An ER network is transported by myosin V during mitosis.

During mitosis, the movement of membrane-bound organelles within a cell is generally believed to slow down so that organelles can partition accurately into daughter cells. Using a new procedure for studying Xenopus oocyte extracts, Wöllert et al. now report on page 571 that the picture is more complicated.

Previous studies have focused primarily on microtubule-based organelle motility, whereas the new work examined F-actin–based movement. The authors used extracts from interphase or metaphase-arrested oocytes, and developed an in vitro procedure to produce stable three-dimensional microtubule-free F-actin networks from the extracts. Motion analysis shows that the movement of ER membranes and globular vesicles on F-actin is differentially regulated throughout the cell cycle. During mitosis, the ER speeds up while globular vesicles slow down. Myosin V is responsible for ER transport in this system, and the motor appears to be indirectly regulated by the kinase CaMKII.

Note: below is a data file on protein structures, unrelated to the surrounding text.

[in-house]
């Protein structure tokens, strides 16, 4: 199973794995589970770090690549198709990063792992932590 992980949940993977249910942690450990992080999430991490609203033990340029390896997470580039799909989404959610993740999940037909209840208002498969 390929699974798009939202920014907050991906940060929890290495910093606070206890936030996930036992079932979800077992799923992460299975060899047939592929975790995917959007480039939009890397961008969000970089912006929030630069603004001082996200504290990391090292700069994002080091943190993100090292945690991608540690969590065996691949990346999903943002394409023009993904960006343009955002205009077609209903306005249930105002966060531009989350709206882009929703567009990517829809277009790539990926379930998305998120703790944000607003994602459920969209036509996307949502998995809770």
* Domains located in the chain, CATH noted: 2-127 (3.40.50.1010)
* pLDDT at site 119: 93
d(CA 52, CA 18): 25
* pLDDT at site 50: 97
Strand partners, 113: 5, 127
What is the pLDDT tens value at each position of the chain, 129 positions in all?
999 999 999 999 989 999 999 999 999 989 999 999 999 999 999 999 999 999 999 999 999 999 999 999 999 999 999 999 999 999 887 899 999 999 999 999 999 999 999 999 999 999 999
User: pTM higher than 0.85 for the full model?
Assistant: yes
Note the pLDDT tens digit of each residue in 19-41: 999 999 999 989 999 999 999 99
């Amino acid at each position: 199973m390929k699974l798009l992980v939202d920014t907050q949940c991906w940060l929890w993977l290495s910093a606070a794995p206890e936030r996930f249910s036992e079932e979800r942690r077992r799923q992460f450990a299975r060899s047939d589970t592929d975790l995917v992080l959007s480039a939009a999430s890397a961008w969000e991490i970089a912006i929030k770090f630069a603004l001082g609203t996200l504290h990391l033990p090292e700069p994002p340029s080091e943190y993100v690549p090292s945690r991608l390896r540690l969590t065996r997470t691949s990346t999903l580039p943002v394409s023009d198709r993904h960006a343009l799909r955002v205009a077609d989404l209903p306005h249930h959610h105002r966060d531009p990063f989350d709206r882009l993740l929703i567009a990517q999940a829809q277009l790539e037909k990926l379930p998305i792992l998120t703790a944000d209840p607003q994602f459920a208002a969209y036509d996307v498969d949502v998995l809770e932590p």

Wöllert et al. propose that F-actin takes over the job of moving the ER during mitosis—a time when microtubules are diverted for mitotic spindle assembly and chromosome segregation. Unlike the Golgi apparatus, the ER does not fragment into small vesicles during mitosis, so its increase in motility and fusion may be a way of dividing the ER equally between daughter cells. ▪